Every week, The FADER’s Brandon Callender shares his highlights from across the rap world, from megastar artists to the deep underground.
Philly Goats – "The Shakeover"
It’s been a minute since the last group song from the Philly Goats. DSturdy’s been running around solo these last few months, joining up with Asian Doll and dropping a song of his own that’s run wild on my TikTok For You Page since it was a snippet. They’re back together for “The Shakeover,” which doubles as a celebratory moment for the Philadelphia group who set the year ablaze in January with their all-fun no brakes club raps. The video opens with clips of kids who couldn’t be older than middle schoolers in line for a hometown concert screaming the Philly Goats’ names. It’s a brief yet heartwarming moment that comes right before the video descends into the chaos of a house party. Over the frenzied, skeletal beat, DSturdy, Spence, and Sou rap like they’re in a rush to get the words out their mouth so they can get back to dancing. Even if this song doesn’t end capturing the initial rush of “Philly Shake” (I’d argue it gets close), you can’t deny that this is their moment.
4L Javi –“Playboy”
4L Javi’s music feels like walking through the club. It’s not hard to picture the cars he’s pulling up in or smell the Dior cologne he’s wearing. On this year’s Letters 2 U, the Riverside, California artist sang and rapped his way through a plethora of “I ain’t shit, but I’m trying” love stories. For me, the songs with singing tended to work better since they warmed up what would otherwise be cold-hearted stories. But “Playboy,” 4L Javi’s latest track, has me rethinking my stance on him as a rapper. Over twinkling keys and distorted Michigan-style percussion, he raps about retail therapy and getting stopped in the mall by girls with a too-cool-to-care attitude. There’s nothing that can blow his high. “It ain’t easy being me but they think so,” he says in the song’s opening line. “Playboy” is a theme song fit for players and high rollers around the world.
Vel Nine – "Away Game"
Vel Nine makes it clear from the jump that she’s competitive. Her new project Freakjet opens with a sample of the opening scene from Love & Basketball, where a young Monica, new to the neighborhood, asks if she can join Quincy and his friend’s game. They agree, but upon discovering she’s a girl, they dismiss her skill. (Monica ends up almost beating Quincy, but he pushes her down during a potentially game-winning shot). Her steely, day-in-the-life raps match up with hardened old East Coast souls like YL and Starker, who are both featured on the tape, but she hails from Southern California. On the standout “Away Game,” she takes on two different Zoomo beats with ease. Her flow is near breathless on the first, and on the second, she’s brimming with confidence and aggression. It’s strictly bars over here.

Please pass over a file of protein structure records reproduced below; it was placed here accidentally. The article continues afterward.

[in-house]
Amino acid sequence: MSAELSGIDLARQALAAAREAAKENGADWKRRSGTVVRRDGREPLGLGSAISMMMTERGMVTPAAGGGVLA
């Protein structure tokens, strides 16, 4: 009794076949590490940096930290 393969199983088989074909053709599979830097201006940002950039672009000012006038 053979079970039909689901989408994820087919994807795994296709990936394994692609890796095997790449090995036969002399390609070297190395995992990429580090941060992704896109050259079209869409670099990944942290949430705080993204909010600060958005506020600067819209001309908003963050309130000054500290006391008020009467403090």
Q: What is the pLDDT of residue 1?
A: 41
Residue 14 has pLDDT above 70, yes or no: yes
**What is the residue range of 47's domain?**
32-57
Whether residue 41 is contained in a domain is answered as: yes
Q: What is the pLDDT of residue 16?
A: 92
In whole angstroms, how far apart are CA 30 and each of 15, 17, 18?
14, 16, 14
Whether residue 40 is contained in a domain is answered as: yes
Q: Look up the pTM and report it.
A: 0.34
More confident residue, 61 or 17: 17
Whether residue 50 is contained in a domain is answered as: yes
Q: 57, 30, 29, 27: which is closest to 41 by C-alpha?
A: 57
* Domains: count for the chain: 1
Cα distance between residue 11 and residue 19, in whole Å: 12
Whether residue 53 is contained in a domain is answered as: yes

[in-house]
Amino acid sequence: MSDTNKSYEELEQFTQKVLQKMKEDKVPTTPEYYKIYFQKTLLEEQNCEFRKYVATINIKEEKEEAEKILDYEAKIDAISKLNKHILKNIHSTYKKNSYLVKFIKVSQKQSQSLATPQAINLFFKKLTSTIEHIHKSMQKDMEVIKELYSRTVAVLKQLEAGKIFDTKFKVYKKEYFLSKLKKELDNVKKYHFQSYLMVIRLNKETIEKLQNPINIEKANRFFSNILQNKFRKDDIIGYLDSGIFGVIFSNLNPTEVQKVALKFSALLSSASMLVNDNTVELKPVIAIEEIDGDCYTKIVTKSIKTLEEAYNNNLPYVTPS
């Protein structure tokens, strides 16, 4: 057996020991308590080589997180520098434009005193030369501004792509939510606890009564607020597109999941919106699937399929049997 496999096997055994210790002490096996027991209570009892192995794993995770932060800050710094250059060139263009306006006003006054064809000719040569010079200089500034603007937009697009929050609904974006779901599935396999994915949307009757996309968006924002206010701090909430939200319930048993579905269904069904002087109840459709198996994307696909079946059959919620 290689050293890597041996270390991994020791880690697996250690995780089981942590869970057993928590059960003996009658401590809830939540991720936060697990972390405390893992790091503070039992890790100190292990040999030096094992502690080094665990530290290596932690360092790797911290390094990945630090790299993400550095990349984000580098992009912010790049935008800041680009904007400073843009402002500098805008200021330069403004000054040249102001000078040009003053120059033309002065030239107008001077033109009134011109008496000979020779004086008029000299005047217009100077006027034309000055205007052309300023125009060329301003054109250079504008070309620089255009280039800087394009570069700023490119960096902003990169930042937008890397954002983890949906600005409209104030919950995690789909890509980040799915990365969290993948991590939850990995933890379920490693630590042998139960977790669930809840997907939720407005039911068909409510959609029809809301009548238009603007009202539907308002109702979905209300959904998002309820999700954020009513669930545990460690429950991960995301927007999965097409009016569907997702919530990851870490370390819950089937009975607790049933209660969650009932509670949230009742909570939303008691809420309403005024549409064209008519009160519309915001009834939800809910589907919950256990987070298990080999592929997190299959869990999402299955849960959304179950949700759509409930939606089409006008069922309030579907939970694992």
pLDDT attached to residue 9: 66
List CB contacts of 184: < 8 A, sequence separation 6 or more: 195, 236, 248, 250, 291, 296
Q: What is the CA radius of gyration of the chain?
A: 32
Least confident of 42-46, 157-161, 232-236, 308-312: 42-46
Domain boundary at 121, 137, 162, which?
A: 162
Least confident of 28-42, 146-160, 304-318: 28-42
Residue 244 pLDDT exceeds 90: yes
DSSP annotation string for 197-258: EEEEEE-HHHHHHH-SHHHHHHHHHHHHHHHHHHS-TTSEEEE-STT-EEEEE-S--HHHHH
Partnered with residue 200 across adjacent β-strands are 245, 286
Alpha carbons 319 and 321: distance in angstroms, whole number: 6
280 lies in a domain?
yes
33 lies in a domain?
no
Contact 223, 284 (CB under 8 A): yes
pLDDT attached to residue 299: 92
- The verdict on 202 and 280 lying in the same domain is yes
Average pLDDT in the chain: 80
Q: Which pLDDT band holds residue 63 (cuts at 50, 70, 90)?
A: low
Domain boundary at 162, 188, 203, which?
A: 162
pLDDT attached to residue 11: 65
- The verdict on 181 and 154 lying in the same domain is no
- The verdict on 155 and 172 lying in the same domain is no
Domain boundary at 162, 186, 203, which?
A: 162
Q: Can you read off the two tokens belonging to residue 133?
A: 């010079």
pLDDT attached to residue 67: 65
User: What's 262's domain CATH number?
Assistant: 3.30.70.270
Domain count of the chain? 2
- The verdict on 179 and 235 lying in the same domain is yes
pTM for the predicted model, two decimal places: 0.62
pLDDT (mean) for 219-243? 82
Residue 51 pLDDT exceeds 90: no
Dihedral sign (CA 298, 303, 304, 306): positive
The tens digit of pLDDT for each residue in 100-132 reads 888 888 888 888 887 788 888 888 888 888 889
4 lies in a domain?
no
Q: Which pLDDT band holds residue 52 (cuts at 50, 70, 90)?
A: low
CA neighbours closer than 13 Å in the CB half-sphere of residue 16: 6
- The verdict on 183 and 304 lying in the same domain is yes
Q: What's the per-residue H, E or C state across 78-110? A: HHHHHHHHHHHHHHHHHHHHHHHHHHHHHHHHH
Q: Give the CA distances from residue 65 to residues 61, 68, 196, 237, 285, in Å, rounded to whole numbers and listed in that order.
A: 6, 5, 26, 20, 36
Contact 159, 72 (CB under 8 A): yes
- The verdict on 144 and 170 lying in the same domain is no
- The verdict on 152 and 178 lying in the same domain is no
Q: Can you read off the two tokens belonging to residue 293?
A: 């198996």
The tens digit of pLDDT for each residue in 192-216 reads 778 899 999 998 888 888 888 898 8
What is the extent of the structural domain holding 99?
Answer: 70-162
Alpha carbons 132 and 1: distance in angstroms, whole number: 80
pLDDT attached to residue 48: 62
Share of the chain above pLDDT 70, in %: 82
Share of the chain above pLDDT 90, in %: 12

1600J – “No Options” feat. BoofPaxkMooky and RealYungPhil
1600J, BoofPaxkMooky, and RealYungPhil all come from different parts of the United States, but they all know how to make their respective lifestyles feel extra exclusive. New York’s 1600J’s breezy flow keeps things light; North Carolina’s BoofPaxkMooky bends his voice in a million directions to make whatever he’s talking about sound like a rare video game item; and Connecticut’s RealYungPhil has takes such a laidback approach to describing objects you’d think he didn’t care about anything. “No Options” combines all of their approaches with a woozy beat that’s as hypnotizingly beautiful as a beach sunset. It might sound like I’m describing three different songs at once, but trust me, I’m not.
Goldenboy Countup – “Decatur”
Linking together all of Goldenboy Countup’s music is a sense of urgency that never seems to dissipate. On “Decatur,” the Central Florida rapper sounds like he had just finished running around town and decided to rap about everything he saw. His raspy voice, erratic, punched-in flow, and dark sense of humor only add to the feverish feeling of his gritty country drug-dealing tales. “Baby I’m from the hood, I’m Dickied down. I don’t rock Supreme,” he raps over the pulsating bass. Goldenboy Countup doesn’t glamorize anything.